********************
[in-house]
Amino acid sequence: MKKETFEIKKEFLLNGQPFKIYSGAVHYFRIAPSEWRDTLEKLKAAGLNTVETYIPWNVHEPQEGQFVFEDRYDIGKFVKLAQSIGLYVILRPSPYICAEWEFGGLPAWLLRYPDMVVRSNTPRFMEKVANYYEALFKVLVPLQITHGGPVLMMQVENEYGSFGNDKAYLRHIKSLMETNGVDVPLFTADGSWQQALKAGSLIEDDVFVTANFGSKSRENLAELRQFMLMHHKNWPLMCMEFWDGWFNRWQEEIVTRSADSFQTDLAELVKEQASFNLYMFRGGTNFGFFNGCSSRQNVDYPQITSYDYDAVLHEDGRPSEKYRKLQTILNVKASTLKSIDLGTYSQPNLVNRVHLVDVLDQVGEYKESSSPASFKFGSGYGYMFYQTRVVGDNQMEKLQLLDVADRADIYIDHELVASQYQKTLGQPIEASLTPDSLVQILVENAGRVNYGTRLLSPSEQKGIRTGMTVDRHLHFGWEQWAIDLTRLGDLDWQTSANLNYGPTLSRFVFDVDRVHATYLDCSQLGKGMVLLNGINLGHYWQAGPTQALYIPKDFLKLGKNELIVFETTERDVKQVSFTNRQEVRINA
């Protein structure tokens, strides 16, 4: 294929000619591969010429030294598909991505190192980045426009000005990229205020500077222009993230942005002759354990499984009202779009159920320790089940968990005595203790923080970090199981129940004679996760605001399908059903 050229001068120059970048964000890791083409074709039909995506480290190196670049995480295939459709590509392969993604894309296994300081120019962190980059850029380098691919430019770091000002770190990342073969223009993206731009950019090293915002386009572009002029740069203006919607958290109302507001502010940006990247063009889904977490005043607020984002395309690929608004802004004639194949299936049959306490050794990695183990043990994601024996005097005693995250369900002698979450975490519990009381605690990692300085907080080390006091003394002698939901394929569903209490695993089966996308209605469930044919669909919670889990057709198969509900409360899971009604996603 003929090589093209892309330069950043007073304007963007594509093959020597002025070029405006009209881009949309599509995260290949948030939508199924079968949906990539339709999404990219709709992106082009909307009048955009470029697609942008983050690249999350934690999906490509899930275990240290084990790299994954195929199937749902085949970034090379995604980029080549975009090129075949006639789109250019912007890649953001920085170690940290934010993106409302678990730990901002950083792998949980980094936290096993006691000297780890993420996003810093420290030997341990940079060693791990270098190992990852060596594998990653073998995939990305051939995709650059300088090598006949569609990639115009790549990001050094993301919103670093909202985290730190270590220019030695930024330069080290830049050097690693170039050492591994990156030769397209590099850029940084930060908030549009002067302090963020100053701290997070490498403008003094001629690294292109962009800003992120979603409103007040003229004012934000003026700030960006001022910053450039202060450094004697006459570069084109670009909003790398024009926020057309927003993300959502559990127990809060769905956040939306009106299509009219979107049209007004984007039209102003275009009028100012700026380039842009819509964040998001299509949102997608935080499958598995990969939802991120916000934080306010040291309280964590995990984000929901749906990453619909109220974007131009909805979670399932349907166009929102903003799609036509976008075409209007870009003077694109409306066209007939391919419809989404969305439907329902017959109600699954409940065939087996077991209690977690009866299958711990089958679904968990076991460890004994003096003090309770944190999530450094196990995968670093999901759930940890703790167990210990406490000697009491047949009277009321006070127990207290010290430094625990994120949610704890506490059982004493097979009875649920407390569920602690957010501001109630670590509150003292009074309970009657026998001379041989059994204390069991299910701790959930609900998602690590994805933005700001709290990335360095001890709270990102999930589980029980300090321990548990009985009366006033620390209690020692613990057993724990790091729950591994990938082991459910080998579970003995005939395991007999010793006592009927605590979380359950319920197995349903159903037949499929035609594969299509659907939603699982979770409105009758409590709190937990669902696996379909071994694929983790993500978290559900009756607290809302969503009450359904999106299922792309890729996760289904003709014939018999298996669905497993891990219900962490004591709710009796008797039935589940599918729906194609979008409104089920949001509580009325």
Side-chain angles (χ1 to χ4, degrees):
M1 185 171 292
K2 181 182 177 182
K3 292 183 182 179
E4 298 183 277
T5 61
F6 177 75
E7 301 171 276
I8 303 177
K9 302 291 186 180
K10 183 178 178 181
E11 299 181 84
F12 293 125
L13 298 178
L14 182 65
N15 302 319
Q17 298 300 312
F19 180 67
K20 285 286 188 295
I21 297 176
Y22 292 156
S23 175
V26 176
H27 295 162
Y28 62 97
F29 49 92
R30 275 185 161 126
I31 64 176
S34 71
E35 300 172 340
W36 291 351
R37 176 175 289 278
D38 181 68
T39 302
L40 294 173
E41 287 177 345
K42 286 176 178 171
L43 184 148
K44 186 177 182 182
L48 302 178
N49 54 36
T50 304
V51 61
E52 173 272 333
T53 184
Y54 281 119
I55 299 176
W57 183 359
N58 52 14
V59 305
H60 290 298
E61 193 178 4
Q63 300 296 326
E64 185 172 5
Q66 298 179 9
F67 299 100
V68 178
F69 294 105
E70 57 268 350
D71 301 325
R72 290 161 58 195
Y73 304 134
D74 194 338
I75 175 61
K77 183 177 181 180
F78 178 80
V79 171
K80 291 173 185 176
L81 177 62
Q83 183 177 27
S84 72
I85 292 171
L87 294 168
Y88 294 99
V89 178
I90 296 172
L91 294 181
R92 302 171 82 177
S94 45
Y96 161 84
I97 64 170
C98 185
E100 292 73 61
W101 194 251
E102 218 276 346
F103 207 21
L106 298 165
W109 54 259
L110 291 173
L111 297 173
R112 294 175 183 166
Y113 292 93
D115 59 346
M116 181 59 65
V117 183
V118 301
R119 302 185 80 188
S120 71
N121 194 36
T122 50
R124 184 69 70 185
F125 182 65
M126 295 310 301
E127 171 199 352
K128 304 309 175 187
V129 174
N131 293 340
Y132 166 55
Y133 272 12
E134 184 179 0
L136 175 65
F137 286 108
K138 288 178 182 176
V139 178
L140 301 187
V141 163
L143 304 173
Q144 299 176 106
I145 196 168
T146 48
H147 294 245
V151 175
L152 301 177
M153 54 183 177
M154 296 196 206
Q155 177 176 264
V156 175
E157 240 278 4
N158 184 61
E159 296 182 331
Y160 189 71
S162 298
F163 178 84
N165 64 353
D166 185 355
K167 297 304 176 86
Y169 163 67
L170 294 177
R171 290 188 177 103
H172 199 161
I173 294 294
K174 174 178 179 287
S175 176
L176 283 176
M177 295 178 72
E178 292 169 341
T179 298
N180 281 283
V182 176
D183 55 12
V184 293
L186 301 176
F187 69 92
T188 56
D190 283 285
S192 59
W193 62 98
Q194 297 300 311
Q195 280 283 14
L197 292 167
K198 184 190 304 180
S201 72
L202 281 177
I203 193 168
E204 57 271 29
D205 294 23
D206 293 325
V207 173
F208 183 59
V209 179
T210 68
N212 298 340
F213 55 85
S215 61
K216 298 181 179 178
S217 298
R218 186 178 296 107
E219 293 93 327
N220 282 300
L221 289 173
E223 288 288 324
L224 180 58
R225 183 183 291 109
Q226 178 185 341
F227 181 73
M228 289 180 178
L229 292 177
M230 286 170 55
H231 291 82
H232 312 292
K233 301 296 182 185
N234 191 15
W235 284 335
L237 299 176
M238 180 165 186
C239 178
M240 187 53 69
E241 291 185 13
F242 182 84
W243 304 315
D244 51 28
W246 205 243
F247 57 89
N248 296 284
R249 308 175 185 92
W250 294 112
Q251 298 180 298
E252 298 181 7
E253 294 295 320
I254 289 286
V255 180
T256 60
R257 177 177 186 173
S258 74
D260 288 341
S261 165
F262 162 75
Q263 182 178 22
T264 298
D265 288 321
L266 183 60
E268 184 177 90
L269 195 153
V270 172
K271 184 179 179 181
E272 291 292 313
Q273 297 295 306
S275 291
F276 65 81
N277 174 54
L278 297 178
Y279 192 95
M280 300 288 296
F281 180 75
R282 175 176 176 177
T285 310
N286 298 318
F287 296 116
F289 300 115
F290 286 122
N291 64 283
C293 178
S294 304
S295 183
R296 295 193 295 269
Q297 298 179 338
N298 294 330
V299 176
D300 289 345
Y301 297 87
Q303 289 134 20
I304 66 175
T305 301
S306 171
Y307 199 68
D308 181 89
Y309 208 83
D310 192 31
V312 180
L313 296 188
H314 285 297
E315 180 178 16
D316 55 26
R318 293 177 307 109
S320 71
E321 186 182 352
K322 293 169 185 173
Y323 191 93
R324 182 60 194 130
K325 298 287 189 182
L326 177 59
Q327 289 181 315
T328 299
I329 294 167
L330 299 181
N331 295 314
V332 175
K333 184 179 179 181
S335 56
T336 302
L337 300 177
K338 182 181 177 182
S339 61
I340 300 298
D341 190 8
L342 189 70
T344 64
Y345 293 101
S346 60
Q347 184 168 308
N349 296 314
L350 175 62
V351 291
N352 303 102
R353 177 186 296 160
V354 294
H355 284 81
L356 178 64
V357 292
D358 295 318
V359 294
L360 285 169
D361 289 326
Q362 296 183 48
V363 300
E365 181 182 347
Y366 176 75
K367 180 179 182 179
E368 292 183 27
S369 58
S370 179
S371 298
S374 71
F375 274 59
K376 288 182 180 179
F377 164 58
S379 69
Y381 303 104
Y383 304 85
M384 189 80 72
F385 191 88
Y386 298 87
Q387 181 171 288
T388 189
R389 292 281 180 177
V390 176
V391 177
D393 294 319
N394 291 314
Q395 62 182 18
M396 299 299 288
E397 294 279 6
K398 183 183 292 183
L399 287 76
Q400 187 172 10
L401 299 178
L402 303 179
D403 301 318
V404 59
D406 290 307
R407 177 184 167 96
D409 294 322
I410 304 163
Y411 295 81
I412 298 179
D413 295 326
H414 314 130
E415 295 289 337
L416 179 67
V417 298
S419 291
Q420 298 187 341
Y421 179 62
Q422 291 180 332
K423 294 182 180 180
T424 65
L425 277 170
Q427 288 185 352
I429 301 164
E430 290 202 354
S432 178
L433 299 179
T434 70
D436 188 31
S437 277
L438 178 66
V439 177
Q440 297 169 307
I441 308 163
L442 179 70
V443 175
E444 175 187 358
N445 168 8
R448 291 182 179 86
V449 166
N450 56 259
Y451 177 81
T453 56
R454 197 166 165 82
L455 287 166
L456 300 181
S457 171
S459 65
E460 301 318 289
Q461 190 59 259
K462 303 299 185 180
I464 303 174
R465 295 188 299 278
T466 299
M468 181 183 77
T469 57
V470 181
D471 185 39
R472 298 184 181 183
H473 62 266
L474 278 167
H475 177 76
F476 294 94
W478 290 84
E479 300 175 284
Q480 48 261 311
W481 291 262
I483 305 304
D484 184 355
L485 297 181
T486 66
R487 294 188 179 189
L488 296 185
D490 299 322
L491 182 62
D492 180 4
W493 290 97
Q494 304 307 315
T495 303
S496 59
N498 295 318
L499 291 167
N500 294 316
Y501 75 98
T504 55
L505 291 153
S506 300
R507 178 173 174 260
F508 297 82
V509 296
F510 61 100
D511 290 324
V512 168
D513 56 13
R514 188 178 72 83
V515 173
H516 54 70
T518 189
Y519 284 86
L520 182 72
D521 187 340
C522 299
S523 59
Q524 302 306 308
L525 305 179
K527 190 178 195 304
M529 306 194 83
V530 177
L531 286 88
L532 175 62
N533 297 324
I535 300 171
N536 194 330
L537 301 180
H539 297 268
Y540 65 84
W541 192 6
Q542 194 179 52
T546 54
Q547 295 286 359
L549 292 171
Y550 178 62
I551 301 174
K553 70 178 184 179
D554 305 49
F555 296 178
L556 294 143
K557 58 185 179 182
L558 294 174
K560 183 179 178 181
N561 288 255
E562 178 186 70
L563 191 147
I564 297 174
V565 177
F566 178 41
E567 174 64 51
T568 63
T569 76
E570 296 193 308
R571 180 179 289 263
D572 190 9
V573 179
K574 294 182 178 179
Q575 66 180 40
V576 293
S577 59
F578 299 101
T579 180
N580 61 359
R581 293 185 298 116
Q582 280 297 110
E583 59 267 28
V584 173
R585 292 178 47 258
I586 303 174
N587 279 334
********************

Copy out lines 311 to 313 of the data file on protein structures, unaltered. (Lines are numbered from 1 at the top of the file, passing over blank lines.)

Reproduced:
K367 180 179 182 179
E368 292 183 27
S369 58